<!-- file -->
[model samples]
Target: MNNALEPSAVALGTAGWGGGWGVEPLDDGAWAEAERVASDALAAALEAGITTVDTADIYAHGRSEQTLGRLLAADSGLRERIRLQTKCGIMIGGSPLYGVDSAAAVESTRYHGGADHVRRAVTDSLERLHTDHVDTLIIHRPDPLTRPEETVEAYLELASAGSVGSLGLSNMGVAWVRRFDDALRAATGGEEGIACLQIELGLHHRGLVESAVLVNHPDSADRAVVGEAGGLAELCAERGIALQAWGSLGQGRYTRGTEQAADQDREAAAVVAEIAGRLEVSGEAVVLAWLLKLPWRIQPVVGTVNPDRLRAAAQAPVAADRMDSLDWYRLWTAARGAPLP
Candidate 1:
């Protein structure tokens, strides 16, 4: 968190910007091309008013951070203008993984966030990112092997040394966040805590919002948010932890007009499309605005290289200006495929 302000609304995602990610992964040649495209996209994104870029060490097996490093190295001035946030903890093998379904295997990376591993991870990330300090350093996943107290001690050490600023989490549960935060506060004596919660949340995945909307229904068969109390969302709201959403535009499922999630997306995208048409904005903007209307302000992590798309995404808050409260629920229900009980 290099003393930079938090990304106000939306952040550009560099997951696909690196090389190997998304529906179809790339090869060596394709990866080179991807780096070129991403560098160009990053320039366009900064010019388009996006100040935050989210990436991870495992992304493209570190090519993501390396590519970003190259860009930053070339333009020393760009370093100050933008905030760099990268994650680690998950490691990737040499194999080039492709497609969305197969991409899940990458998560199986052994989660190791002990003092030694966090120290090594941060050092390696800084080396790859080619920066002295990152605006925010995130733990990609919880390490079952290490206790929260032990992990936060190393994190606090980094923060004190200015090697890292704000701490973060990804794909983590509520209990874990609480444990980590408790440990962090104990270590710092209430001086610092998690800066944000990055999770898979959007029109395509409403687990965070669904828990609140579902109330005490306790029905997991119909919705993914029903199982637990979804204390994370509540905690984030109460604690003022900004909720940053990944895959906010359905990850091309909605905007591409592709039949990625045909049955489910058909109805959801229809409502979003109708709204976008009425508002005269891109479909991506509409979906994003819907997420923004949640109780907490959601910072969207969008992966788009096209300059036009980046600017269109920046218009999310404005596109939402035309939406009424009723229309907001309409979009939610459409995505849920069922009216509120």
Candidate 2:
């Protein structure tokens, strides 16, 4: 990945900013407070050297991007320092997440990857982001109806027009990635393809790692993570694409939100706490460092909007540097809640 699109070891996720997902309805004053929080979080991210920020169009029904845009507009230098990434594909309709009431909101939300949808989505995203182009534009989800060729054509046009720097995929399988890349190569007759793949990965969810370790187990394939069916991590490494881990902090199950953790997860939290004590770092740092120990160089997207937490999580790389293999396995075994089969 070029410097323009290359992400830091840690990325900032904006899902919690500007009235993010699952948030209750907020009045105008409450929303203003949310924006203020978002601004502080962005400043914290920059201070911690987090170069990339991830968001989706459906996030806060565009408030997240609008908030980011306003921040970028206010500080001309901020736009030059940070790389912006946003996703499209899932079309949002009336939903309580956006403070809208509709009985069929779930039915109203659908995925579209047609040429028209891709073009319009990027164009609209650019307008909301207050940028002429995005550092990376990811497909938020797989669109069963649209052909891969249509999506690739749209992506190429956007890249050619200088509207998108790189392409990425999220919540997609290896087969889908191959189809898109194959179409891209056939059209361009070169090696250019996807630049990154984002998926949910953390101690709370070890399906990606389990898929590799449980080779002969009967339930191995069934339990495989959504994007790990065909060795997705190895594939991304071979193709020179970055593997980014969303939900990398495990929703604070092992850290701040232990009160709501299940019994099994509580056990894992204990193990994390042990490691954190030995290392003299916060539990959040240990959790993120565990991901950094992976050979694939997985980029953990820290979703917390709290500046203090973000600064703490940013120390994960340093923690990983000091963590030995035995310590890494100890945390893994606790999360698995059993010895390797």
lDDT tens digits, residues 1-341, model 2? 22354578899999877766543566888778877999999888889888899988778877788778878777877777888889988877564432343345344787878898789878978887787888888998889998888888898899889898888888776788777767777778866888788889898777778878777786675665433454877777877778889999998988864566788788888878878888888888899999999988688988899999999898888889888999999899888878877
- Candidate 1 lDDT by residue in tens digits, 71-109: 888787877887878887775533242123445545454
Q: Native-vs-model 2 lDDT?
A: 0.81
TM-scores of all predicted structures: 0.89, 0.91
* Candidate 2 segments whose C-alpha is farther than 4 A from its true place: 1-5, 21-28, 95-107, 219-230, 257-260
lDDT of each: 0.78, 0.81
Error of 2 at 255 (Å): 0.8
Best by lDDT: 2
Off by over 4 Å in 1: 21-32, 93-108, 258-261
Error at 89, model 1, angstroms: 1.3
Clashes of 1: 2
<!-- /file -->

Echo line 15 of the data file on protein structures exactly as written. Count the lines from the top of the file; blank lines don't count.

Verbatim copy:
Best by lDDT: 2